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5 Tips to Make NX Nastran Faster

Community Manager Community Manager
Community Manager

NX Nastran can be optimized to run simulations faster, but how? If you think processor speed is the main factor you should consider, think again. Degrees of freedom (DOF) are also not as important to Nastran speed as many simulation analysts would guess. So what has the biggest impact on NX Nastran solve times?


Input/output (I/O) according to Dr. Paul Blelloch, director of aerospace analysis for ATA Engineering, in a presentation he gave at the Siemens CAE & Test Symposium back in October.


We’ll look at five easy ways you can improve performance in NX Nastran starting with I/O.


  1. Nastran Best Practices.jpgLocate SCRATCH and SCR300 files on the fastest memory.
    When it comes to I/O, SCRATCH and SCR300 files have the most. These are going to be the areas you want to target in order to improve solving speed. Luckily you can specify a location within NX Nastran for high I/O files. If you have a large amount of RAM (at least 128 GB), your best bet is to locate the files there. Another good option is a solid state drive (SSD).


  1. Set parameters within the RCF file, command line, or options window.
    There are a few parameters that let you control the I/O in NX Nastran. You’ll want to use these when optimizing for speed. SCR controls how much data is written to the DBALL database compared to the SCRATCH and SCR300 files. The fastest option is SCR = YES. Everything will be written to the SCRATCH files, but beware! If you choose this option you can’t restart. Smem lets you determine how much RAM to dedicate to the SCRATCH files. The more RAM, the faster your simulation will be.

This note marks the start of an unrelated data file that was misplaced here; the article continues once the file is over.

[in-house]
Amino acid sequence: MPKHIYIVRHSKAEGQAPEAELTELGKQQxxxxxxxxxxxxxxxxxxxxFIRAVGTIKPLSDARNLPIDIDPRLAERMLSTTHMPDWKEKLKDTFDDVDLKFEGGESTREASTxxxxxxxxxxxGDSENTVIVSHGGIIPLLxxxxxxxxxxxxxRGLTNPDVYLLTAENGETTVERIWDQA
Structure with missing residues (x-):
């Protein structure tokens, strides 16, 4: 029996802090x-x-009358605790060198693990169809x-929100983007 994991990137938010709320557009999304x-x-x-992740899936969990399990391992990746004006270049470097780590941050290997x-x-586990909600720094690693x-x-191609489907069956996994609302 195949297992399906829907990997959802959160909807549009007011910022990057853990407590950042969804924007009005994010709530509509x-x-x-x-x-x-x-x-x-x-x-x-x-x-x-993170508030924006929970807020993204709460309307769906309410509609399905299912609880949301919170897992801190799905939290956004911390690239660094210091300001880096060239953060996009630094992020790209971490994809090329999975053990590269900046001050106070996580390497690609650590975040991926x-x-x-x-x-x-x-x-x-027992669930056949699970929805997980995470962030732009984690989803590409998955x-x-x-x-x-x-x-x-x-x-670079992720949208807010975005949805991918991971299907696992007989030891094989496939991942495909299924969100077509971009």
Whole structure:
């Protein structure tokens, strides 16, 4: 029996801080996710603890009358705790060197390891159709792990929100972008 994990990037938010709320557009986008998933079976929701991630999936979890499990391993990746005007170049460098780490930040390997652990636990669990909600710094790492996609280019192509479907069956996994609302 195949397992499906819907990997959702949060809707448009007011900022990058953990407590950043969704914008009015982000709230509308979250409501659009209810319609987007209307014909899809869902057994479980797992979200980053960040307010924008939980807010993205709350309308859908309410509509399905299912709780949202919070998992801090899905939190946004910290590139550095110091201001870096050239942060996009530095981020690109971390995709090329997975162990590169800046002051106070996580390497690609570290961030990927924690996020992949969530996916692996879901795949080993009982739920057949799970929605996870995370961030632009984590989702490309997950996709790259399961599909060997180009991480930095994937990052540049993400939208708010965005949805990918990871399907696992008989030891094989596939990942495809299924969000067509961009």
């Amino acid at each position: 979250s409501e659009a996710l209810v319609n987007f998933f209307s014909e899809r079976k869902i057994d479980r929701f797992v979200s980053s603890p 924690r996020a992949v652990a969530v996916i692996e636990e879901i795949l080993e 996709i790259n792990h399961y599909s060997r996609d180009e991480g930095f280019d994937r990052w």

1. Minimize the Front Size.
    Front Size, or the maximum length of a non-zero column in a matrix after it is reordered, plays a big role in how long it takes to solve. The bigger the Front Size, the longer it will take, so you’ll want to use the reordering algorithms in NX Nastran to minimize the Front Size of your model. NX Nastran will by default choose either the BEND or METIS algorithm based on the number of 3D elements in your model, but remember, the algorithms aren’t perfect. If you’re seeing slower speeds, you might want to try switching from one algorithm to the other.


FEA Solver NX Nastran.jpg4. Choose the right operating system.
Your operating system can also impact the amount of time a solve takes, so be sure to review all the options out there and choose the best one for your needs. NX Nastran typically performs better on Linux due to the way the OS handles memory, so Dr. Blelloch recommends Linux if you’re looking to reduce your runtime.


  1. Compare versions of NX Nastran.
    Finally, understand the differences between versions of NX Nastran—and know which version will be best at lowering your solve times. NX Nastran ILP has a few advantages over LP. For one, it has unlimited RAM. (Remember #1 where we talked about how important RAM is?) LP on the other hand has only 8GB RAM. Add to that the fact that ILP has 64-bit integers (compared to LP’s 32-bit integers) and you start to see the benefit ILP offers you. More integers won’t necessarily affect your runtime, but it will improve accuracy.